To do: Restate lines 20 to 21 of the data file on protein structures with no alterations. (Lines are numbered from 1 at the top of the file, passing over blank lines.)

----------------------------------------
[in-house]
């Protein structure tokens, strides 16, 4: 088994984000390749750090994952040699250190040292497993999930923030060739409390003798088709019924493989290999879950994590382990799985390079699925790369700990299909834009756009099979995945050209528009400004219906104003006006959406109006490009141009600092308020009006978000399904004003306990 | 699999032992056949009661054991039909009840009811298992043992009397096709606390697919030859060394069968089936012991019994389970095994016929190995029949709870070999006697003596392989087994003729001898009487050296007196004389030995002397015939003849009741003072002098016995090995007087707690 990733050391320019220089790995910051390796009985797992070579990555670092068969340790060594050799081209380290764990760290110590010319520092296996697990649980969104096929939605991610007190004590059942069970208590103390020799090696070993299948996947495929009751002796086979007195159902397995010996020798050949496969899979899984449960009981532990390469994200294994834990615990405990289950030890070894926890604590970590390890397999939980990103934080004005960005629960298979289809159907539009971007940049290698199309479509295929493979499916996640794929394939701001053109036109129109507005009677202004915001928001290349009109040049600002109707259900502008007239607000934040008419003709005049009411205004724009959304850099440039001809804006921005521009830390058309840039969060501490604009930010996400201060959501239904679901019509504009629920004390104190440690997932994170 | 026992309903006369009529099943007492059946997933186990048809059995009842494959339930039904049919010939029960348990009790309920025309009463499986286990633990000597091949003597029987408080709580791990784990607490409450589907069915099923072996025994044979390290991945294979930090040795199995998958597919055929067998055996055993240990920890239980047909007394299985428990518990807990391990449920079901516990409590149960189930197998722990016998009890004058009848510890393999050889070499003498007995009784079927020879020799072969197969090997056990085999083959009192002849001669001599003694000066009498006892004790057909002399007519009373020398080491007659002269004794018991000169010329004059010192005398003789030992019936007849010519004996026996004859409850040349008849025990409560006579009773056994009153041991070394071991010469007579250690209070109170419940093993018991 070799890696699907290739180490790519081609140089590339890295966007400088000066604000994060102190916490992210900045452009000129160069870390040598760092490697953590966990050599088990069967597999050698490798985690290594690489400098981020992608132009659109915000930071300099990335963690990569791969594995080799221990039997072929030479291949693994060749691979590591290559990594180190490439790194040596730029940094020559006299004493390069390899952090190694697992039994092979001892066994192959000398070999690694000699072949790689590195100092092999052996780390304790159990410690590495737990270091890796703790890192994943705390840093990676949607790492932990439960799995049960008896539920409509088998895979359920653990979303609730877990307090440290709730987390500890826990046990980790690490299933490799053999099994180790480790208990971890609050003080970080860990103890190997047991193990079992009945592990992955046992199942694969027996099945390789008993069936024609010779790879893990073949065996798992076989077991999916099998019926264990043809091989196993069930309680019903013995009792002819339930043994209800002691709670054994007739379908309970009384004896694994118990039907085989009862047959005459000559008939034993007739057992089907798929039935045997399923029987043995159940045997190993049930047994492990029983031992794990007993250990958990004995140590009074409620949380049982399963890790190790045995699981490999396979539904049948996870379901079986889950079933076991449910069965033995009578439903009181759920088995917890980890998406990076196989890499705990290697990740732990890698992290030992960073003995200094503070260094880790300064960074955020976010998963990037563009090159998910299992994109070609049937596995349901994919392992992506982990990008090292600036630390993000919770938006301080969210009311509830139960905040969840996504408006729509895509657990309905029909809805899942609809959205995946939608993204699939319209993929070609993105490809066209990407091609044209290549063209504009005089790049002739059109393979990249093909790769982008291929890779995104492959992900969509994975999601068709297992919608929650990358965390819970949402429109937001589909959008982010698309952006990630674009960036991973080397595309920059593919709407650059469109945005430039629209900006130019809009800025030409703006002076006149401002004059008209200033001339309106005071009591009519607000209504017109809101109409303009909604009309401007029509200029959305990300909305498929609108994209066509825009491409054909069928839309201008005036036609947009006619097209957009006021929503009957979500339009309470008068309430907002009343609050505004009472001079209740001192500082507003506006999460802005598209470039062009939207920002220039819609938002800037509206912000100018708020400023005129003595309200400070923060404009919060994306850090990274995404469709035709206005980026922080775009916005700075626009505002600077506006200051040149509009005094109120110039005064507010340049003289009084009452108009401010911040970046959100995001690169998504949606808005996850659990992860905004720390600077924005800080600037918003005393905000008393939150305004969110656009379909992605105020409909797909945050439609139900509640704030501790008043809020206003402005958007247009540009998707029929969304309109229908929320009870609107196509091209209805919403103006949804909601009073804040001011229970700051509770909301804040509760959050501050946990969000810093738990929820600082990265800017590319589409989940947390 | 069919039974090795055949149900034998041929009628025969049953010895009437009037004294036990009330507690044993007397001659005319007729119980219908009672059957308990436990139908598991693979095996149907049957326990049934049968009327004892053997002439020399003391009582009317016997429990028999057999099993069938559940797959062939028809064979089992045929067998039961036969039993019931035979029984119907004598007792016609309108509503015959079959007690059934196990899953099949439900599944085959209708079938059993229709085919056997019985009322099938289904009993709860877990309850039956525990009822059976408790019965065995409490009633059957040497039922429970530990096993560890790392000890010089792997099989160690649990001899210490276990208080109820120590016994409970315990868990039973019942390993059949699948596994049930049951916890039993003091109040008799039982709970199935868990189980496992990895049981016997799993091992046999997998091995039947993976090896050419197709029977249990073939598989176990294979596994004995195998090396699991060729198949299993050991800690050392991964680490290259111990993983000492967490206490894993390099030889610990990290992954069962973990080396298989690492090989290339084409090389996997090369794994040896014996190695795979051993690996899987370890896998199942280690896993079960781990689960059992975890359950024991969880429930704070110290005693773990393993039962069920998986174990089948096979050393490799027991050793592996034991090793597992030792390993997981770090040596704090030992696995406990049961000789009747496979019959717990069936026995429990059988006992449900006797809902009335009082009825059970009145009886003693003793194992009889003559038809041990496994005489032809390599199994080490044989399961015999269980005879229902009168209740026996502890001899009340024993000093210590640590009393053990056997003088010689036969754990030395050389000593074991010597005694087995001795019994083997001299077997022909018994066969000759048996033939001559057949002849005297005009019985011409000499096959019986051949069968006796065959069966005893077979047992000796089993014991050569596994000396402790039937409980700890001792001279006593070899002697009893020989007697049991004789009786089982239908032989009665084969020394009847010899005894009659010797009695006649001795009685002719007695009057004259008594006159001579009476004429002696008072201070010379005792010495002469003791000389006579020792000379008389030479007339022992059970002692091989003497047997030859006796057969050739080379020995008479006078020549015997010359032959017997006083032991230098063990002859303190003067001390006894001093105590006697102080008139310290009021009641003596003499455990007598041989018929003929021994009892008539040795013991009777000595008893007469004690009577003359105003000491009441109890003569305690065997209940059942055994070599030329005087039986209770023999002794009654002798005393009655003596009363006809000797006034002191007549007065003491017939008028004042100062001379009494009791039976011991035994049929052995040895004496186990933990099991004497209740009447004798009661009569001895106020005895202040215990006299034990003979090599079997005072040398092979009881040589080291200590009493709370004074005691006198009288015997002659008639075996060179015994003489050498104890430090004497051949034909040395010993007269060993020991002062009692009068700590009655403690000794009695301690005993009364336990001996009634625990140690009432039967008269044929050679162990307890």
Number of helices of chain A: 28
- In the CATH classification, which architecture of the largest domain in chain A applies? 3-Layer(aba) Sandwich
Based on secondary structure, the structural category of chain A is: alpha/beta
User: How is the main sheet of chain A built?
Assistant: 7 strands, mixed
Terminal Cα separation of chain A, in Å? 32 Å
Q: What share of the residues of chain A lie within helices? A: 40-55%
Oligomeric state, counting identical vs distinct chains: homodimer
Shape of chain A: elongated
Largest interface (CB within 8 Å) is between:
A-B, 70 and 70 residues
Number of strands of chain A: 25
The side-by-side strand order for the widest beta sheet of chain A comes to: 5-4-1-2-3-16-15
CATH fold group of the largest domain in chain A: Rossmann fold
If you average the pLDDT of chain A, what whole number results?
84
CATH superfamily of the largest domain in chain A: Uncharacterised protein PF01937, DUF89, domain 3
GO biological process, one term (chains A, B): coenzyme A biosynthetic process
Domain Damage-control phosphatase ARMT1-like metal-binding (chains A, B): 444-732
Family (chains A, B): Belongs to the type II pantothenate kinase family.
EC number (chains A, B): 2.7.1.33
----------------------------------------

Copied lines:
GO biological process, one term (chains A, B): coenzyme A biosynthetic process
Domain Damage-control phosphatase ARMT1-like metal-binding (chains A, B): 444-732